Just because it looks easy…
When we started Chenmark, we had some Excel skills and lots of ambition but, unfortunately, no functional management experience. Our elite school resume padding was filled with fancy-sounding, but ultimately superficial, “leadership” experiences.
After we made our first acquisition, it didn’t take too long to feel the weight of actual leadership. We suddenly had responsibility for making serious decisions that could have a tremendous impact on our employees, our customers, our vendors, and, ultimately, ourselves. Amidst trying to figure out how to run a small business, we clearly remember an unexpected emotional response: complete and absolute empathy for our former bosses.
Their jobs were so much harder than we realized. As a junior employee, it was very easy to criticize upper-level decisions — and we did. We thought our bosses were distracted. They routinely got to the office too late and left too early. At times, they made questionable strategic decisions. Useful performance feedback was rare. They certainly didn’t pay us enough. How naive we were.
As a junior person, we only saw a small sliver of everything on our boss’s plate. We didn’t realize that our boss might have been distracted in our weekly meeting because he was worried about not having enough cash to make payroll. Or that later that day, he was going to have to terminate a long-tenured employee due to performance issues. Or that he was only allocated a certain amount of the bonus pool and that he fought to make ours as generous as possible. Or that he signed a seemingly questionable partnership agreement because he was looking ahead at changing market conditions we couldn’t understand. Or that he got to work late because school won’t let you drop your kids off at 6 AM. Or that he left “early” because he had a 1.5 hour commute and wanted to actually see his spouse and kids before bed.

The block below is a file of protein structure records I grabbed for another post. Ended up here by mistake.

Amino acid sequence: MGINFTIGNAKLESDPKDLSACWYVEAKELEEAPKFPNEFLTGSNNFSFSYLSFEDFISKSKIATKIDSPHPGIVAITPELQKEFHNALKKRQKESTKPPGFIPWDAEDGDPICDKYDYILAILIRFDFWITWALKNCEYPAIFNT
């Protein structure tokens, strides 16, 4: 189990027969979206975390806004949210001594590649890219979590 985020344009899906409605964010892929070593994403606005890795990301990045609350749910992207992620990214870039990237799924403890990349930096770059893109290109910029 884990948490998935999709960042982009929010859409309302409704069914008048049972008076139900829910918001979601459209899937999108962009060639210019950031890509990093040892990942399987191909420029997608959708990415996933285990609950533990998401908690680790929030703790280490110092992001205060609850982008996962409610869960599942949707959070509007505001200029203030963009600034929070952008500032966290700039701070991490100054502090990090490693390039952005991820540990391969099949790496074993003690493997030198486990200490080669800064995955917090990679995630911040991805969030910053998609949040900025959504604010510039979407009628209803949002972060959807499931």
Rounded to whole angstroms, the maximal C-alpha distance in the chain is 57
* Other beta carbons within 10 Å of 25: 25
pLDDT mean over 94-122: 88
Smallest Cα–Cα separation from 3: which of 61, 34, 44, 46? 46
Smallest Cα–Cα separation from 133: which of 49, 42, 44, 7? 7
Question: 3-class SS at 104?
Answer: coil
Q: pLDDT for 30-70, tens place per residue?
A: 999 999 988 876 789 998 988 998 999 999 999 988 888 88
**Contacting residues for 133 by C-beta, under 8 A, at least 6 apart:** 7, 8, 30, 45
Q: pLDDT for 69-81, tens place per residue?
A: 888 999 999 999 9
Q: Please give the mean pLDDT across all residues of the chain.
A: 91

It doesn’t take long walking in somebody’s shoes to gain some empathy. Along this line of thinking, we loved reading about new Little League rules being implemented in Deptford Township, New Jersey. After two volunteer umpires quit in a week, the town came up with a new approach. If a Little League parent or spectator is caught berating and yelling at referees and umpires, they have to volunteer to officiate themselves for at least three upcoming games before being allowed back into the sports complex. Brian Barlow, the founder of Offside, an organization that calls out bad behavior among youth sports parents, noted:
“People are very comfortable making officials uncomfortable, so it’s about time that we’ve reversed the trend and started making people uncomfortable who are harassing officials.”
The Deptford Little League organizers say the point is for parents to see what it’s like on the field and how the job might not be as easy as it looks. No kidding. We once refereed a youth field hockey game and have yet to recover from the number of calls we missed.
For Chenmark, our reading this week was a good reminder that it’s very easy to criticize when you are on the outside looking in, whether it be in a work, sports, or some other setting entirely. It’s so much harder to actually be in the arena. When tempted to criticize, we try to remember that humbling feeling we had that first week of owning a business, when we realized that leadership is much harder than it looks. More people ought to try it.
Have a great week,
Your Chenmark Team